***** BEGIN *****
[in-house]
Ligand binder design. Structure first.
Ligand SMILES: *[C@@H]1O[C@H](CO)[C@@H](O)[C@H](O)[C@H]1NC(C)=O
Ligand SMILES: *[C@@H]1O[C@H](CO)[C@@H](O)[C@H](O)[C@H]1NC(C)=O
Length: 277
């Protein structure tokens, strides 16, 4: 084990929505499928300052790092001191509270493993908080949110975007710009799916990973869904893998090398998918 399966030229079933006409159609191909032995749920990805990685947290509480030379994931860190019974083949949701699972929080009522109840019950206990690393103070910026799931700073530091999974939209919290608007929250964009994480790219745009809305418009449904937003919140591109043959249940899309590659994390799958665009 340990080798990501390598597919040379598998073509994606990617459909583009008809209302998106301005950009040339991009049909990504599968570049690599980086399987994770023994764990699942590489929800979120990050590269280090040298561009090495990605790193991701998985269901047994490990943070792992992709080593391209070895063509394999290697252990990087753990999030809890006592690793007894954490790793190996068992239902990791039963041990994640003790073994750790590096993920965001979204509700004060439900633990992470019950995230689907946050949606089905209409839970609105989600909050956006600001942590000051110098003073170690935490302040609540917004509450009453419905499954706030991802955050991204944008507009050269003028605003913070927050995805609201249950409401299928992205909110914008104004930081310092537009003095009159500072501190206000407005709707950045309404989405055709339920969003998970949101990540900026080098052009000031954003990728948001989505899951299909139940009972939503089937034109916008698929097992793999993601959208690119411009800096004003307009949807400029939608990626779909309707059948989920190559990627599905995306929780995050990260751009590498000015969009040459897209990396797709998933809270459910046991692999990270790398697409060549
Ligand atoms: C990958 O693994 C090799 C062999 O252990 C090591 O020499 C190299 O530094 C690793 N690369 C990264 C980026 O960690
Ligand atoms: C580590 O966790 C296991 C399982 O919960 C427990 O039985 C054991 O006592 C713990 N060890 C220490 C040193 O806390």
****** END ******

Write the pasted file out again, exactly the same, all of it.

[in-house]
Ligand binder design. Structure first.
Ligand SMILES: *[C@@H]1O[C@H](CO)[C@@H](O)[C@H](O)[C@H]1NC(C)=O
Ligand SMILES: *[C@@H]1O[C@H](CO)[C@@H](O)[C@H](O)[C@H]1NC(C)=O
Length: 277
């Protein structure tokens, strides 16, 4: 084990929505499928300052790092001191509270493993908080949110975007710009799916990973869904893998090398998918 399966030229079933006409159609191909032995749920990805990685947290509480030379994931860190019974083949949701699972929080009522109840019950206990690393103070910026799931700073530091999974939209919290608007929250964009994480790219745009809305418009449904937003919140591109043959249940899309590659994390799958665009 340990080798990501390598597919040379598998073509994606990617459909583009008809209302998106301005950009040339991009049909990504599968570049690599980086399987994770023994764990699942590489929800979120990050590269280090040298561009090495990605790193991701998985269901047994490990943070792992992709080593391209070895063509394999290697252990990087753990999030809890006592690793007894954490790793190996068992239902990791039963041990994640003790073994750790590096993920965001979204509700004060439900633990992470019950995230689907946050949606089905209409839970609105989600909050956006600001942590000051110098003073170690935490302040609540917004509450009453419905499954706030991802955050991204944008507009050269003028605003913070927050995805609201249950409401299928992205909110914008104004930081310092537009003095009159500072501190206000407005709707950045309404989405055709339920969003998970949101990540900026080098052009000031954003990728948001989505899951299909139940009972939503089937034109916008698929097992793999993601959208690119411009800096004003307009949807400029939608990626779909309707059948989920190559990627599905995306929780995050990260751009590498000015969009040459897209990396797709998933809270459910046991692999990270790398697409060549
Ligand atoms: C990958 O693994 C090799 C062999 O252990 C090591 O020499 C190299 O530094 C690793 N690369 C990264 C980026 O960690
Ligand atoms: C580590 O966790 C296991 C399982 O919960 C427990 O039985 C054991 O006592 C713990 N060890 C220490 C040193 O806390």